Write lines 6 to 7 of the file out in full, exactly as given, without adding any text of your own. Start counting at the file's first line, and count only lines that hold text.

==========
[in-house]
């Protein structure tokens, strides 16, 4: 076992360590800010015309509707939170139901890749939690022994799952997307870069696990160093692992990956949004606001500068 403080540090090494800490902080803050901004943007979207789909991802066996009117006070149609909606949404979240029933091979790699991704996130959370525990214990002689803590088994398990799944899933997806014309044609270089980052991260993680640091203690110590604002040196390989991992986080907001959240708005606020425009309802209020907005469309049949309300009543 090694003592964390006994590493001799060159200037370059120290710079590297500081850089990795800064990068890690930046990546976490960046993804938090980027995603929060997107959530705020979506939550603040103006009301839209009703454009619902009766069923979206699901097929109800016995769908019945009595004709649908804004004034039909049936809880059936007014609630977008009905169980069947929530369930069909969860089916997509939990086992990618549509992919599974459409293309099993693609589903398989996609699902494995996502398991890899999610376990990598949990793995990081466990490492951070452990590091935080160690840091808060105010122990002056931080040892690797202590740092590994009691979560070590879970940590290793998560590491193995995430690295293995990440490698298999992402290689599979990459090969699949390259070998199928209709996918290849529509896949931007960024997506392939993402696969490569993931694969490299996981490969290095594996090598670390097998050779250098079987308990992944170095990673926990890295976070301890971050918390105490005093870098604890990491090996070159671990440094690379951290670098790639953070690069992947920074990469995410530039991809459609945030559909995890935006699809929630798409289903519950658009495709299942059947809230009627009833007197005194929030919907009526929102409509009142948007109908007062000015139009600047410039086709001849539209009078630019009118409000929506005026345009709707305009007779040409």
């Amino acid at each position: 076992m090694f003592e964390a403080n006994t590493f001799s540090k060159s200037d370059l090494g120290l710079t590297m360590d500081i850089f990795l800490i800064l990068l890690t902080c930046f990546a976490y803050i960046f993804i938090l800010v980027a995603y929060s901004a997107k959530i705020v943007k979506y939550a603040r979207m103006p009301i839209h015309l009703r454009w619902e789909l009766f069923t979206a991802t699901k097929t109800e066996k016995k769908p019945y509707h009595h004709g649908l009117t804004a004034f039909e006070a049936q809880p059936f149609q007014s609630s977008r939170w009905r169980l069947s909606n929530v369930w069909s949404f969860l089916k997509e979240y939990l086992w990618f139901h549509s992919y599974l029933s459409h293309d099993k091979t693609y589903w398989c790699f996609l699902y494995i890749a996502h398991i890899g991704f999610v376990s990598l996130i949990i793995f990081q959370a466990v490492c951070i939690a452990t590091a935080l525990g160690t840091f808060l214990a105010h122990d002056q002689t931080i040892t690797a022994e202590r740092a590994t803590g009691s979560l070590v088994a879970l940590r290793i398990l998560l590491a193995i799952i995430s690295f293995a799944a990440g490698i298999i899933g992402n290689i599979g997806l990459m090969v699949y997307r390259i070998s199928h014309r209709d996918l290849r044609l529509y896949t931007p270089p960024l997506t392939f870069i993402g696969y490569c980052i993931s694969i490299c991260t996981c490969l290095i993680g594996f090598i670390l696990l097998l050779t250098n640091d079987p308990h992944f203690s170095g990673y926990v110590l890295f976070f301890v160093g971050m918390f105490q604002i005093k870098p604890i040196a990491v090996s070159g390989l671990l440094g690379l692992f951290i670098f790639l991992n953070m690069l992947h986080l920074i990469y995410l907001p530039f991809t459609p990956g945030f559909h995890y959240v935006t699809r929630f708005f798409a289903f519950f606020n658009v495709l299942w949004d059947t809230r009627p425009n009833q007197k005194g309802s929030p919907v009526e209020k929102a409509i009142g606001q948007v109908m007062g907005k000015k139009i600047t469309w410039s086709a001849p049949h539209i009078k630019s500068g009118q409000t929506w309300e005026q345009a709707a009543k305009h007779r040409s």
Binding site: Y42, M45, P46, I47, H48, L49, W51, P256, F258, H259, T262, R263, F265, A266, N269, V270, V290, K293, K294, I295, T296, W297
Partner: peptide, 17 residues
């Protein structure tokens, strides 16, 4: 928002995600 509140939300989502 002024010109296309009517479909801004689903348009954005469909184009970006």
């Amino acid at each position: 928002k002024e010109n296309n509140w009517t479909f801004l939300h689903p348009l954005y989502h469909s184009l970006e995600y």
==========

């Protein structure tokens, strides 16, 4: 928002995600 509140939300989502 002024010109296309009517479909801004689903348009954005469909184009970006």
């Amino acid at each position: 928002k002024e010109n296309n509140w009517t479909f801004l939300h689903p348009l954005y989502h469909s184009l970006e995600y």